One other consideration might be a marketing campaign management system for managing high volumes (> 500 contacts per campaign) of outbound/inbound lead generation efforts of large and frequent marketing campaigns (direct mail, events, website leads, etc.). This is ideal for processing and managing hundreds of leads that you will try to convert to clients. You still need a process first.

Unless you are trying to track contacts for a multiple people, I would keep it simple and use your desktop office apps for contact profiles, scheduling events/meetings and tasks, date all detail notes, and use every reminder and alert possible.

If you need help implementing a program like this, consider contacting a sales consultant.

Share your experience by leaving a comment.

At we have an entire integrated sales and marketing company at your disposal. How can we help you generate more business? Let’s talk about making something happen for your company.

Carlos Diggs is Managing Partner at 360 Sales Focus, a full service sales and marketing consultancy. His LinkedIn profile can be viewed at Reach Carlos at [email protected] or 410.782.0360 or follow him on Twitter at

How to Follow Up with Prospects and Clients: Be Diligent, Not Desperate.

February 10th, 2010 :: Carlos Diggs

Sales Coaching Tip

I am often asked how much is enough or too much:

  • How soon should I follow up with a prospect?
  • How many phone call attempts?
  • How many voice mail messages?
  • How many emails?
  • How many pigeons?
  • How many telegraphs?
  • How many smoke signals?

Well, it depends on many variables, so let’s address one of the common scenarios.

Common Scenario: You just had a meeting or presentation with a prospective client. Your client requests a proposal. Assuming you’ve qualified this opportunity and client based on need, budget, time frame and solution fit (Free B2B Qualifier). Before you leave the meeting agree to a proposal delivery due date (stick to it), and agree to a decision date. Get your clients preferred method of communication (i.e. email, phone, texting). If your client agreed to tell you NO, chances are, you won’t have to call or email them too often. We all know that things happen. People get sick, holidays, vacations, etc. So, you have to trust your instinct, be diligent, but don’t always assume the worst if you are unsuccessful in reaching them after a couple attempts. Now is the time to practice DILIGENCE and PROFESSIONAL PATIENCE.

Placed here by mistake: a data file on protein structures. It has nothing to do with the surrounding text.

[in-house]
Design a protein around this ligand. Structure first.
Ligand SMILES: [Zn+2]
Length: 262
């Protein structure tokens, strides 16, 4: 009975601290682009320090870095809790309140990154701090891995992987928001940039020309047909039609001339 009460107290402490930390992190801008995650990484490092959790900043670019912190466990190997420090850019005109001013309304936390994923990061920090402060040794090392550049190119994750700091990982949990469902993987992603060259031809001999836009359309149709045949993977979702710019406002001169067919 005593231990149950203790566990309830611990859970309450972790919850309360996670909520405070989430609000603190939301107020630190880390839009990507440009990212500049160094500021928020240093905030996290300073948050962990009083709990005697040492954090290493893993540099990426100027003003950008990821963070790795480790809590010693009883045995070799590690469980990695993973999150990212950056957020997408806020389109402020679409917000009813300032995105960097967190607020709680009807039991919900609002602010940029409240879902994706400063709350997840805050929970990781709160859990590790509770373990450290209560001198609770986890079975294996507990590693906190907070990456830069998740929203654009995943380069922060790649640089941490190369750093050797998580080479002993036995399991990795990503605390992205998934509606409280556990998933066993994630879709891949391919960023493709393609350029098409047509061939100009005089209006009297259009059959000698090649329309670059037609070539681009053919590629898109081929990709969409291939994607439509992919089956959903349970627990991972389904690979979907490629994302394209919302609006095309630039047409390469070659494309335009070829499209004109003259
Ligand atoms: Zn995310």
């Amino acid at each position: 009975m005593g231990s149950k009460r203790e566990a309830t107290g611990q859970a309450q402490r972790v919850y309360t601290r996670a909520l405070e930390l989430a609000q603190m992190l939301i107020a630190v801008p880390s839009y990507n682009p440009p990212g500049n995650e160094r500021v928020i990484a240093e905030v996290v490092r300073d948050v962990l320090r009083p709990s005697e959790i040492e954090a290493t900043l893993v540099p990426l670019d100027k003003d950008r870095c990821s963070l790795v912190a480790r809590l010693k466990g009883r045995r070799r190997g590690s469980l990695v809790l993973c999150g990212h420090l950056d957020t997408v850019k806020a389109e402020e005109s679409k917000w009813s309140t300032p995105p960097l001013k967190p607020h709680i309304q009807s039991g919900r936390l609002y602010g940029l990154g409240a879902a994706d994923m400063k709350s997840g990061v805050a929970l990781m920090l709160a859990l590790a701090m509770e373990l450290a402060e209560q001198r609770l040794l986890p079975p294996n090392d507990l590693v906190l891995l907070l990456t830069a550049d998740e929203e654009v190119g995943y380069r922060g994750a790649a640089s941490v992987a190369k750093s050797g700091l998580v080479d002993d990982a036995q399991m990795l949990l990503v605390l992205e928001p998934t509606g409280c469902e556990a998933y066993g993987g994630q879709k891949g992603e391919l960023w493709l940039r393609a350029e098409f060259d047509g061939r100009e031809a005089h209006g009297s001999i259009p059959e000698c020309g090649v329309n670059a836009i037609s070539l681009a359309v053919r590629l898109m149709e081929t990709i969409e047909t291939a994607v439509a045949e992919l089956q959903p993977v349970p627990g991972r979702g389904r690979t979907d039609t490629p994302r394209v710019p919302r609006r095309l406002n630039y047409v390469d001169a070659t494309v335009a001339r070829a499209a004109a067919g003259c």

In a situation like the one outlined above, the first and most important point to keep in mind is not trying to trick the client into saying yes. Hearing “No” is more productive than spending three months chasing the opportunity only to learn that you did not win. Top sales professionals have learned how to win fast and lose fast. They spend less time forcing unproductive opportunities and more time advancing relationships, opportunities, and sales.

How to develop an open and upfront channel of communication?